It is Never Too Late to Challenge Yourself

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by Posted on June 6, 2013

Are you ever amazed at how quickly time passes by? Before you know it, you’ve been in your career for 10, 15, 20, 30 years! And sometimes when we start hitting the upper echelon of years, we may default to the old adage that you can’t teach an old dog new tricks when thinking about our professional or even personal life.  To that we say “Phooey!”

 

This guest blog post written by Rod Tarullo, CPRE, Director of Parks, Recreation, and Golf in the City of Golden, Colorado blows the roof off that old thought and demonstrates how someone well into their career can take on new challenges such as a new certification opportunity (CPRE). 

 

Seems like not long ago, rumors were flying about possible changes in our certification program.  I was delighted to hear that a new level of professional certification was in the works.  I have been in the parks and recreation field for more than 30 years.  Early in my career, I sought after and received Certified Leisure Professional (CLP) status.  This was eventually replaced by the current Certified Park and Recreation Professional (CPRP).  When the Certified Park and Recreation Executive (CPRE) became available I considered it a personal challenge to be one of the first to attain this newly created level of certification.  

 

I quickly realized that if I wanted to achieve this goal, I would need to step up and re-engage to do some things that I haven’t done in a very long time.  


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Rod Tarullo, CPRE, clearly is not afraid of a challenge. He went for his CPRE despite being several years removed from taking tests and studying.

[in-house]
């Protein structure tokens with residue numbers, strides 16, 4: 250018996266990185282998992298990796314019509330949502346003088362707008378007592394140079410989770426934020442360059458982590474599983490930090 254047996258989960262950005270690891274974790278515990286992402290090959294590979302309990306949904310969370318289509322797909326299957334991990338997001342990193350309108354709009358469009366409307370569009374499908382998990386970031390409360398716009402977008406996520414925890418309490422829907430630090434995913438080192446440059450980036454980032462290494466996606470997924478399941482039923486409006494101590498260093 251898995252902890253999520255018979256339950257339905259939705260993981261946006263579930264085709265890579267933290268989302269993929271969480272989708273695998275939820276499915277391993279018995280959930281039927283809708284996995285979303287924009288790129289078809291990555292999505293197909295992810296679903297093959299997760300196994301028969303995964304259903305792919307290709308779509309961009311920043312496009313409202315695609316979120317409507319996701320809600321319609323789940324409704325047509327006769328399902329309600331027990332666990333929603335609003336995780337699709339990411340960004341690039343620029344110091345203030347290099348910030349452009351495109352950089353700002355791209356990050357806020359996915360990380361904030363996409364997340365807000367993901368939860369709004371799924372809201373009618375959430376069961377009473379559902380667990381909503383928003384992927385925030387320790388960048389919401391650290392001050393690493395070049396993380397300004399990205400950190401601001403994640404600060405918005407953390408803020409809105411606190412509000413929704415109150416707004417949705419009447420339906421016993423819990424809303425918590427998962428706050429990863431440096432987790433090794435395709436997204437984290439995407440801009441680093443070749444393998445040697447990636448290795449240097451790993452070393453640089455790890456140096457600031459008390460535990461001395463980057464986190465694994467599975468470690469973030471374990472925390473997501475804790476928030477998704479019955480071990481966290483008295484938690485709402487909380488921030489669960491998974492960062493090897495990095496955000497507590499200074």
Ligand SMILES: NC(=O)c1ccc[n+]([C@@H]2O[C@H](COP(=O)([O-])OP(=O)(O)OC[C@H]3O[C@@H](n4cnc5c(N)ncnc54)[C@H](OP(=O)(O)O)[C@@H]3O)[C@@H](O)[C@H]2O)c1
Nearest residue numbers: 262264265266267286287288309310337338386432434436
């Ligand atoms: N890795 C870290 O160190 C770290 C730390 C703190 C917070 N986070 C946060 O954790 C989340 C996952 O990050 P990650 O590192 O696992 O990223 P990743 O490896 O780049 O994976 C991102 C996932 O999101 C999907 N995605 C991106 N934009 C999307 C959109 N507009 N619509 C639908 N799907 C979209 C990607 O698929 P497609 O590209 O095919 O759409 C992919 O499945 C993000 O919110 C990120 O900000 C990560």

This included requesting and receiving college transcripts.  The university had not changed locations so it was relatively easy to track down the records office.  I was glad that I was actually able to make my request over the internet.  I don’t think the internet existed when I first tested.  I could not believe that they keep those records so long!  Interesting how my GPA has not gotten any better even with the passage of time.  

 

Another re-engagement for me was preparing for the exam.  I had not taken a test of this depth and magnitude in a very, very long time. What if I failed the exam, putting my ego on line? Could I pass this test?  I would never know unless I tried.  I knew in the back of my mind that NRPA doesn’t announce or advertise the names of those who do not pass the exam, thank goodness!  

 

When I initially got my certification, I found that the study material was very broad and vague.  I think that the exam preparation materials now are much better and continue to evolve.  I found the actual testing process stimulating and fun (what!?).  Watching the clock to be sure I could finish in time added to the suspense. I found the questions covered pertinent areas for my job responsibilities.  Some were a challenge because in my opinion there were good, better and best answers in the multiple choice process. As I left the testing area I could not believe that I had actually sat down and taken a test lasting almost two hours. Where did the time go?  

 

Why would I do all this?  For me I wanted to see if I had the experience and aptitude to accomplish this goal.  I also had been encouraging our department staff to consider professional certification.  This was a way that I could further walk the walk and not just talk the talk.  I was willing to once again face the challenges of certification at a mature time in my life and career.

 

Was it worth it?  You bet! I achieved my goal, gained a sense of accomplishment, impressed my staff, added some new letters behind my signature, and initiated interesting conversations with my peers about the process.  Will there be another new certification level in the future?  I hope so.  Time will tell. 

 

What new challenges do you give yourself to keep you fresh in your career?  How do you keep current on the latest advancements in parks and recreation? 

 

Editor’s Note: We are just NINE away from the 100th Certified Park and Recreation Professional (CPRE).  Remember, the 100th CPRE to complete the CPRE Examination will receive 3.0 CEUs of FREE NRPA online learning opportunities. 

 

If you have any questions about becoming certified as a CPRP or CPRE, please email our certification team.

 


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